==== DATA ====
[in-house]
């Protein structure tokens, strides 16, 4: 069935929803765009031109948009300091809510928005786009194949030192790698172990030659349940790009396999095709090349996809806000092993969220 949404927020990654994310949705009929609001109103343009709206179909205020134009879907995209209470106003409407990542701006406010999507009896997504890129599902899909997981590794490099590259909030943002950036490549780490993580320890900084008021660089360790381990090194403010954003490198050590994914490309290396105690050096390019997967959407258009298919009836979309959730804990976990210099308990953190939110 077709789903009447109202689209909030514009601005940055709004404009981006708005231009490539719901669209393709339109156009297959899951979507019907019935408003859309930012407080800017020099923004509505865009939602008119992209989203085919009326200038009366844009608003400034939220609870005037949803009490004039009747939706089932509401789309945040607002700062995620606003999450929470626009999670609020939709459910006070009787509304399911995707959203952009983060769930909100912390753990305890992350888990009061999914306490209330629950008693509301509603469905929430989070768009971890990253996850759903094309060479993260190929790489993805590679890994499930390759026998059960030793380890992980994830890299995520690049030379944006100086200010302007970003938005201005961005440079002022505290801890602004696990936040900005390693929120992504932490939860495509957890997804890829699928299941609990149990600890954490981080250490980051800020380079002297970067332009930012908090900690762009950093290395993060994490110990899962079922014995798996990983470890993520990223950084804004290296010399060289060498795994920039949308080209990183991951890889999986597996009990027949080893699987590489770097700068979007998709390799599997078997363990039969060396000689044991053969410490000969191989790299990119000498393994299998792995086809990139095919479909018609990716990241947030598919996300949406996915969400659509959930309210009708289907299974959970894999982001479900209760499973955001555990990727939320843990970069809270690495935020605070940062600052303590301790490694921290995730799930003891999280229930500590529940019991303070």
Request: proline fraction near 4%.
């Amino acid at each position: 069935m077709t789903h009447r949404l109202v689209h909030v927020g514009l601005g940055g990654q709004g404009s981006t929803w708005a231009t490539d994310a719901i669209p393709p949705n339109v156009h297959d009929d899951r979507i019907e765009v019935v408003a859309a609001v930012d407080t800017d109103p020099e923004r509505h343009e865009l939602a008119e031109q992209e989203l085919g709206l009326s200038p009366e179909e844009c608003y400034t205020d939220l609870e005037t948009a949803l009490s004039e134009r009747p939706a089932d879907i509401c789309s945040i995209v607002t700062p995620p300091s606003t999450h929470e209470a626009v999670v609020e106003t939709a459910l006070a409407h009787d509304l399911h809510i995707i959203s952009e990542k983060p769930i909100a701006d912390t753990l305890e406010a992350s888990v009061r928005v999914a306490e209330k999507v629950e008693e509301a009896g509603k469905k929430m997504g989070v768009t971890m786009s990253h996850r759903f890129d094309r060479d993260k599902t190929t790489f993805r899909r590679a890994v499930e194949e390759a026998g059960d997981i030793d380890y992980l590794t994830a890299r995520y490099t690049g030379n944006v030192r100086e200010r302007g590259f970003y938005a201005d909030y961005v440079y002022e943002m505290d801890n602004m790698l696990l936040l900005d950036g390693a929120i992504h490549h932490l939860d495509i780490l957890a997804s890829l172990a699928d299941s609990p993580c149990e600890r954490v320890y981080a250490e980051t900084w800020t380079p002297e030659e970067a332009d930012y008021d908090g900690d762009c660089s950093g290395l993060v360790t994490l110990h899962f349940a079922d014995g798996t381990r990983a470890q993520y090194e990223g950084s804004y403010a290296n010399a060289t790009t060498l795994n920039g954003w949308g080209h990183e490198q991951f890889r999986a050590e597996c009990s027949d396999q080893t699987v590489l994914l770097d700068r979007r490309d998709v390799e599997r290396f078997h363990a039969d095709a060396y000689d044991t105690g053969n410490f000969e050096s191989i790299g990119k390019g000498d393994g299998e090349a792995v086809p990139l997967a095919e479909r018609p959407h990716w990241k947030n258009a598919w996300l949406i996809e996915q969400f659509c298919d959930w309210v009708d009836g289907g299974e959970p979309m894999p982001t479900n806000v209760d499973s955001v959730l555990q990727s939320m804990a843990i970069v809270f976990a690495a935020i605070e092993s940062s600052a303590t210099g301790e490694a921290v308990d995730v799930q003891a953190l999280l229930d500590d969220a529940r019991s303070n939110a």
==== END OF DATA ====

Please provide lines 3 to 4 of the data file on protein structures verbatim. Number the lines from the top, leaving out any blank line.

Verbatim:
Request: proline fraction near 4%.
């Amino acid at each position: 069935m077709t789903h009447r949404l109202v689209h909030v927020g514009l601005g940055g990654q709004g404009s981006t929803w708005a231009t490539d994310a719901i669209p393709p949705n339109v156009h297959d009929d899951r979507i019907e765009v019935v408003a859309a609001v930012d407080t800017d109103p020099e923004r509505h343009e865009l939602a008119e031109q992209e989203l085919g709206l009326s200038p009366e179909e844009c608003y400034t205020d939220l609870e005037t948009a949803l009490s004039e134009r009747p939706a089932d879907i509401c789309s945040i995209v607002t700062p995620p300091s606003t999450h929470e209470a626009v999670v609020e106003t939709a459910l006070a409407h009787d509304l399911h809510i995707i959203s952009e990542k983060p769930i909100a701006d912390t753990l305890e406010a992350s888990v009061r928005v999914a306490e209330k999507v629950e008693e509301a009896g509603k469905k929430m997504g989070v768009t971890m786009s990253h996850r759903f890129d094309r060479d993260k599902t190929t790489f993805r899909r590679a890994v499930e194949e390759a026998g059960d997981i030793d380890y992980l590794t994830a890299r995520y490099t690049g030379n944006v030192r100086e200010r302007g590259f970003y938005a201005d909030y961005v440079y002022e943002m505290d801890n602004m790698l696990l936040l900005d950036g390693a929120i992504h490549h932490l939860d495509i780490l957890a997804s890829l172990a699928d299941s609990p993580c149990e600890r954490v320890y981080a250490e980051t900084w800020t380079p002297e030659e970067a332009d930012y008021d908090g900690d762009c660089s950093g290395l993060v360790t994490l110990h899962f349940a079922d014995g798996t381990r990983a470890q993520y090194e990223g950084s804004y403010a290296n010399a060289t790009t060498l795994n920039g954003w949308g080209h990183e490198q991951f890889r999986a050590e597996c009990s027949d396999q080893t699987v590489l994914l770097d700068r979007r490309d998709v390799e599997r290396f078997h363990a039969d095709a060396y000689d044991t105690g053969n410490f000969e050096s191989i790299g990119k390019g000498d393994g299998e090349a792995v086809p990139l997967a095919e479909r018609p959407h990716w990241k947030n258009a598919w996300l949406i996809e996915q969400f659509c298919d959930w309210v009708d009836g289907g299974e959970p979309m894999p982001t479900n806000v209760d499973s955001v959730l555990q990727s939320m804990a843990i970069v809270f976990a690495a935020i605070e092993s940062s600052a303590t210099g301790e490694a921290v308990d995730v799930q003891a953190l999280l229930d500590d969220a529940r019991s303070n939110a």